Distance care services have so far enjoyed an excellent claims history. There have been remarkably few reported cases, and even fewer true professional or product liability claims. The majority have either been claims against Internet pharmacies for injudicious dispensing of a controlled substance, or 42 U.S.C. § 1983 claims arising in correctional facilities and alleging “deliberate indifference to a serious medical need.” There have been a good many privacy claims, however, and they provide useful guidance to providers and others in the identification and management of risk.
The explosion of the utilization of distance care technologies triggered by the pandemic may well change this picture. The sheer volume of cases handled via telehealth technology has reached unprecedented levels. Probability alone suggests that claims will increase. That’s all the more true as providers push the envelope, addressing an increasingly broad array of clinical problems in this manner. Another contributor to a likely increase in claims activity is that, among the many providers serving patients in this way, the percentage of inexperienced and untrained or modestly trained professionals is also increasing. The evidence so far is that telehealth has become far more popular among both patients and professionals than was ever the case pre-pandemic, suggesting that historically high levels of utilization will probably continue. These trends suggest that exploring this topic is particularly timely and useful.
The webinar by Joseph P. (Joe) McMenamin, MD, JD, will consider both professional and product liability theories that can be, and likely will be, asserted against providers, manufacturers, and distributors. Joe will examine how these theories can be adapted to services never dreamed of when these causes of action originally arose, what proof sources are likely to be relied upon, and what defenses are apt to be most often invoked. From those considerations, Joe will explore possible avenues to risk reduction.
In the U.S., tort litigation is of course an enormous problem for healthcare institutions and professionals, as it is for Pharma, MedTech, Biotech, and the providers of the platforms used in distance care. As suggested above, there is reason to anticipate that telemedicine’s nearly spotless record to date may change in the not-too-distant future. The problems we will consider include the legal theories that may be asserted against defendants, the likelihood of their success, the ways by which prospective defendants can identify and manage their risks, and how they might reasonably transfer risk. During the webinar Joe, will also consider defenses that might arise in such litigation and their potential to prevent adverse findings.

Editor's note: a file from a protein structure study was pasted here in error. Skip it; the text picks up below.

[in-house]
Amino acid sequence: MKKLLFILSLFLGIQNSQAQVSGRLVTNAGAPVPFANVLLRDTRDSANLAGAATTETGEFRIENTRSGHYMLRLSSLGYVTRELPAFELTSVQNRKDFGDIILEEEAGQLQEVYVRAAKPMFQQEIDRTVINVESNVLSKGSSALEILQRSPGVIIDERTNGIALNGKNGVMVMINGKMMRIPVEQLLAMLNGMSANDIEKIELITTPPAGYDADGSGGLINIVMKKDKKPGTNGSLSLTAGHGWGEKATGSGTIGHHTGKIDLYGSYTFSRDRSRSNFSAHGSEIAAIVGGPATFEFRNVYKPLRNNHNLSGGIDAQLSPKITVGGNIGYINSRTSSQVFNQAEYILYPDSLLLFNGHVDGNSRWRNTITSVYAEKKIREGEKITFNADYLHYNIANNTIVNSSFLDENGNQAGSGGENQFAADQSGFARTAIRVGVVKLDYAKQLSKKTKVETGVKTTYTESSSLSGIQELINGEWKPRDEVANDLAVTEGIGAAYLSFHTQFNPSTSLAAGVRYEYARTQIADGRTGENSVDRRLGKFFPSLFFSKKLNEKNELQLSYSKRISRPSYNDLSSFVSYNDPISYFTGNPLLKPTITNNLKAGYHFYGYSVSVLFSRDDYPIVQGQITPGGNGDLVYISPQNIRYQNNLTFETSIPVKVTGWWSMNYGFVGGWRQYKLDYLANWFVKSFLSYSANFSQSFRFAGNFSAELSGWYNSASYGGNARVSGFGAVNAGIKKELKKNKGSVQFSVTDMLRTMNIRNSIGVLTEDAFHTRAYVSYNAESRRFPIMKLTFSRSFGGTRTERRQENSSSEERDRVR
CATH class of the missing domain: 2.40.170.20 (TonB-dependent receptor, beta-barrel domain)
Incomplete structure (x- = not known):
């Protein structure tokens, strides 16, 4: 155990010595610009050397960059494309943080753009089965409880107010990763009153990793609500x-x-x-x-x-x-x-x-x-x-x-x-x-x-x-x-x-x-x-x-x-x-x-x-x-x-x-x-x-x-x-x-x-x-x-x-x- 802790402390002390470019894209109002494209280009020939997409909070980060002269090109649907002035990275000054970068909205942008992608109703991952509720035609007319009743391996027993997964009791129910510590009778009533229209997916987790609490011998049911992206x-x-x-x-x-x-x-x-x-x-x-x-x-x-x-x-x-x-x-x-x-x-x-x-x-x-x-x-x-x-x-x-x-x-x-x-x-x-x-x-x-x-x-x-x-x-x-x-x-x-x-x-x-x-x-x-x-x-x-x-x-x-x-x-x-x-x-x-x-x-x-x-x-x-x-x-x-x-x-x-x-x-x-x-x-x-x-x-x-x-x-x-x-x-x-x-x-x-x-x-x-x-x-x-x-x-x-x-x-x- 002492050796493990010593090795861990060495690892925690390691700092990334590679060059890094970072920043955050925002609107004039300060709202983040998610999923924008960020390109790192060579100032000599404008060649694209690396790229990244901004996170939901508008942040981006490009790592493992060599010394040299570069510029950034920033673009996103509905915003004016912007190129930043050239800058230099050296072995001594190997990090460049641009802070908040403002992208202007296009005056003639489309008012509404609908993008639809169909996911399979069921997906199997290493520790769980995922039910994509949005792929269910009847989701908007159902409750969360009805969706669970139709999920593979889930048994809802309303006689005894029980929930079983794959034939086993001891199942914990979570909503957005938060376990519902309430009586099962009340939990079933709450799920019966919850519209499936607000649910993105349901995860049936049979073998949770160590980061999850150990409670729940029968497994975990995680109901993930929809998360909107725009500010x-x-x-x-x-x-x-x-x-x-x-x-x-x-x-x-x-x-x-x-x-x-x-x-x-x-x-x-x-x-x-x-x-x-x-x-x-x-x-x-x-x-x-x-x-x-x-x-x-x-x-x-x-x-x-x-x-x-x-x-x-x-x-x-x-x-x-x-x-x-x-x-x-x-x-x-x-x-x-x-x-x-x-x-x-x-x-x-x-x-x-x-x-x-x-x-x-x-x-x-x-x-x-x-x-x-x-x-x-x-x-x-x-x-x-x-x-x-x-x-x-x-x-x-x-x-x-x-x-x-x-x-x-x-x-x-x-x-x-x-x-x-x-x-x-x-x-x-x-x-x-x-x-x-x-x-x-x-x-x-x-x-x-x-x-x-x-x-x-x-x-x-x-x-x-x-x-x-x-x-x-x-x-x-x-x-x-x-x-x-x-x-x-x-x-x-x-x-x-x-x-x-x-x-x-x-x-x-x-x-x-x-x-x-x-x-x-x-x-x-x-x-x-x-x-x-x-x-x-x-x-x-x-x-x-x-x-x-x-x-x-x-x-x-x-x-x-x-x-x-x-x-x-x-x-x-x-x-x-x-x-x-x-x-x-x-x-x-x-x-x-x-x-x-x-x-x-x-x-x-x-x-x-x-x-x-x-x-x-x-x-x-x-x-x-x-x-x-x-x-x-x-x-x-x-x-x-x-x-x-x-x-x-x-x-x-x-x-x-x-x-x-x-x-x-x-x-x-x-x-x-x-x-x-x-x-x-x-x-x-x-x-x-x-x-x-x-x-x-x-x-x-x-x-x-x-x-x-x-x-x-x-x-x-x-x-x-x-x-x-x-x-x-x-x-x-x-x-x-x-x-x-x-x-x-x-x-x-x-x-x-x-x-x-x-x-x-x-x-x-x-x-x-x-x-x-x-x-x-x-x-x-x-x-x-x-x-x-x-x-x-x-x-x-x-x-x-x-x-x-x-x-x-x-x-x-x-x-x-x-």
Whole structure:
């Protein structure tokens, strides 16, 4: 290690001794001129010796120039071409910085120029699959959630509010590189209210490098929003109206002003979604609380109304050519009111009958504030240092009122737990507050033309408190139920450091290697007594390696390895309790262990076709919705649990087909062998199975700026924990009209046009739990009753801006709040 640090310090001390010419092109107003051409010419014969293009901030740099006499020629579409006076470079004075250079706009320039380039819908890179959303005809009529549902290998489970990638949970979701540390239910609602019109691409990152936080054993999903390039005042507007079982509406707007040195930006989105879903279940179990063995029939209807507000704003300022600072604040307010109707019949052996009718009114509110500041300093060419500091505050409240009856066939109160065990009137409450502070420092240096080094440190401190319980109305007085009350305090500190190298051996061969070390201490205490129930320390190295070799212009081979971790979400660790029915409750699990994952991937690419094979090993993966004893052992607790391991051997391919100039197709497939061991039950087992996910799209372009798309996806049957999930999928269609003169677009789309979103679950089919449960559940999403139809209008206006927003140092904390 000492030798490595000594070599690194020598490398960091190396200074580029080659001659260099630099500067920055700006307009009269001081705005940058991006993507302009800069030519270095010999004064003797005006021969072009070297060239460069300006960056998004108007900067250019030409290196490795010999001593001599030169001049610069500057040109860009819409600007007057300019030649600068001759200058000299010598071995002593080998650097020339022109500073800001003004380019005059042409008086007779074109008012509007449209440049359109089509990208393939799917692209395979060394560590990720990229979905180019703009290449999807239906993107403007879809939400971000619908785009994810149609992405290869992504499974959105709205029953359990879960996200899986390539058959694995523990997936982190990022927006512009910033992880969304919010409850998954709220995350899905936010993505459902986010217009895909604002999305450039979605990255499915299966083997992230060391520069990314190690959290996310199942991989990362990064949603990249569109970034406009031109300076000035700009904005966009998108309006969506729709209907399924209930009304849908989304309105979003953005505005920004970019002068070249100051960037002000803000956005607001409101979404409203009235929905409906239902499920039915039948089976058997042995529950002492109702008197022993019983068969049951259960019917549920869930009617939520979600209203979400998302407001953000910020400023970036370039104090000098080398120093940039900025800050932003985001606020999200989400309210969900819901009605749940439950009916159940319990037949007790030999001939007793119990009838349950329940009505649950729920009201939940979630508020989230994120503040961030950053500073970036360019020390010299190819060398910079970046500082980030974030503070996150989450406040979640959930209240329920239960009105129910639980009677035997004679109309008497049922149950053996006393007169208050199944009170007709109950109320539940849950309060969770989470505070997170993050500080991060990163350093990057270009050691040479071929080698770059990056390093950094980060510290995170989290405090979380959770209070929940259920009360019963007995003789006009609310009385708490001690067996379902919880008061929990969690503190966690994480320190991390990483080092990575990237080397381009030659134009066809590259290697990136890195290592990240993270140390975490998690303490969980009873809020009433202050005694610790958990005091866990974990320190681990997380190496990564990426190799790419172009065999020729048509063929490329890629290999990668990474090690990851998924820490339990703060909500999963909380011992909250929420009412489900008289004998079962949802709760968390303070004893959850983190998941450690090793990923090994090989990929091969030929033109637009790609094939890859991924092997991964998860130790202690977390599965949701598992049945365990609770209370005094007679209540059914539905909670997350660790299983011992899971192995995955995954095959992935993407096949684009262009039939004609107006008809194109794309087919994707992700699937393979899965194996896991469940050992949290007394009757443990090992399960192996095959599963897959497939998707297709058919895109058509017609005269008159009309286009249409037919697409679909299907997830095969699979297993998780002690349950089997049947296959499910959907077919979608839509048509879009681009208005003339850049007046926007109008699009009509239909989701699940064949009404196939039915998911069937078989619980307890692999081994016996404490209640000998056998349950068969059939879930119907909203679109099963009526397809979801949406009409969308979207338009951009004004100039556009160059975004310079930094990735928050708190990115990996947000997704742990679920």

Joseph P. (“Joe”) McMenamin, MD, JD is a physician-attorney and the principal at McMenamin Law Offices, PLLC, a healthcare boutique concentrating on the law of digital health. Joe advises institutional and professional telehealth service providers, academic medical centers, remote monitoring services, trade associations, telehealth platform companies, private equity firms, and telecoms on a broad array of medico-legal questions arising from distance care and, more recently, from the application of augmented intelligence to health care in general and to telemedicine in particular. He writes and lectures extensively on these and related topics. He also serves as general counsel to the Virginia Telehealth Network, and as a member of the Legal Resource Team of CTeL, the Center for Telemedicine and eHealth Law. Joe graduated summa cum laude from Washington and Lee in 1974. After earning his MD at the University of Pennsylvania in 1978, he served a residency in internal medicine at Emory University and Grady Memorial Hospitals in Atlanta. He returned to Penn for Law School, finishing in 1985. During residency and law school, Joe practiced emergency medicine at community hospitals in Georgia and Pennsylvania, but since being admitted to the Bar in 1985 he has confined his activities to medico-legal consulting and to the private practice of law. For twenty years, Joe was a partner at McGuireWoods LLP, until in 2013 he founded his own law firm. He served for many years on the Boards of the Richmond Ambulance Authority and the Medical Society of Virginia Insurance Agency. He is board-certified in Legal Medicine, an Associate Professor of Legal Medicine at Virginia Commonwealth University, and a Fellow of the College of Legal Medicine.